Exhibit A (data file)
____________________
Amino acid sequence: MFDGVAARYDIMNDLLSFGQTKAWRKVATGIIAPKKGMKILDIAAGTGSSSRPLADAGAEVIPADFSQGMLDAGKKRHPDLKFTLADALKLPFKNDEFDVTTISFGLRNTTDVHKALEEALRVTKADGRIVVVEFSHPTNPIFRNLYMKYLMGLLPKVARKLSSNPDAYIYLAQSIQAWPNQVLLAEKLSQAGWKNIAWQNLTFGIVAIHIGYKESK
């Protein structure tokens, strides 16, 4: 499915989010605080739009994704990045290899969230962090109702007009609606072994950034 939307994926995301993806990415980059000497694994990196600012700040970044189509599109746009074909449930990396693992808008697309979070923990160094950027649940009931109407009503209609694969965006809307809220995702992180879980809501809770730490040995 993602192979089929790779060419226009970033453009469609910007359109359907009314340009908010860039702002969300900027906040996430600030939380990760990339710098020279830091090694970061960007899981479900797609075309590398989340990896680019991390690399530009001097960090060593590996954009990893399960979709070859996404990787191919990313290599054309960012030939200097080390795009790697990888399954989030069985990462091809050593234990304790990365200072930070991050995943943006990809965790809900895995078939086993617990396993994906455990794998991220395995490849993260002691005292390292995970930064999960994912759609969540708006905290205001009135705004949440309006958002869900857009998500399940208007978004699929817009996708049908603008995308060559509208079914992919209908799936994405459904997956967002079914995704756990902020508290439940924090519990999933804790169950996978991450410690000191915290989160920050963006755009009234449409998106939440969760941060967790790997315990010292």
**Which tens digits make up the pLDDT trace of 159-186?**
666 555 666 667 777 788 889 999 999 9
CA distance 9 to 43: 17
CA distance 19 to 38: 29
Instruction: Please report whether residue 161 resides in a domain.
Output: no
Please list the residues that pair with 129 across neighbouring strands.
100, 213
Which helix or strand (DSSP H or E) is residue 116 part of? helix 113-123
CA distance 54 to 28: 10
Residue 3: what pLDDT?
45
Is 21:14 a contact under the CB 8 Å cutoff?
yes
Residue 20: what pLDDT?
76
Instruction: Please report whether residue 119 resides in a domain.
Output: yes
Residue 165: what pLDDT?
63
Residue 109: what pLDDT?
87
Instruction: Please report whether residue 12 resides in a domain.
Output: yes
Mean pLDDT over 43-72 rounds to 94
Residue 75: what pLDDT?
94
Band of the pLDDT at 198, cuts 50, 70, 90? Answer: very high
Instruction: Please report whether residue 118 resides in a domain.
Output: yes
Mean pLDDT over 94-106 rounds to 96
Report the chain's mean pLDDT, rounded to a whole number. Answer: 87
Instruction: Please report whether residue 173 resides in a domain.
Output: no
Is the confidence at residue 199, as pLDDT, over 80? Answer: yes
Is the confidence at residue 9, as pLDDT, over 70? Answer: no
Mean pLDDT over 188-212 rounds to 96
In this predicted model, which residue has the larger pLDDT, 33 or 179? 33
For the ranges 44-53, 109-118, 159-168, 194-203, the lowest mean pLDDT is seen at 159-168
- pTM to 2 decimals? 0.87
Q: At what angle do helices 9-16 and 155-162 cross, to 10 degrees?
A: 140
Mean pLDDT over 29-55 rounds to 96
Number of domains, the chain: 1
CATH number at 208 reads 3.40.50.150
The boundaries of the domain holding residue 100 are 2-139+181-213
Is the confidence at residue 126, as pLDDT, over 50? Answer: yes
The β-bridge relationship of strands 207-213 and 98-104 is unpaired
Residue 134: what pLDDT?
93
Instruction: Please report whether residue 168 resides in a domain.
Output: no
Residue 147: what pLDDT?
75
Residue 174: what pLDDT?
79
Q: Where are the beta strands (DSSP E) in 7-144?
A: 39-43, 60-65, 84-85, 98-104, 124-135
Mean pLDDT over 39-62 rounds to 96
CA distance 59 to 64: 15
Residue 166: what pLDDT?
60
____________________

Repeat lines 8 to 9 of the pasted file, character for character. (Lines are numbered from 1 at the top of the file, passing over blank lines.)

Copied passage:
Output: no
Please list the residues that pair with 129 across neighbouring strands.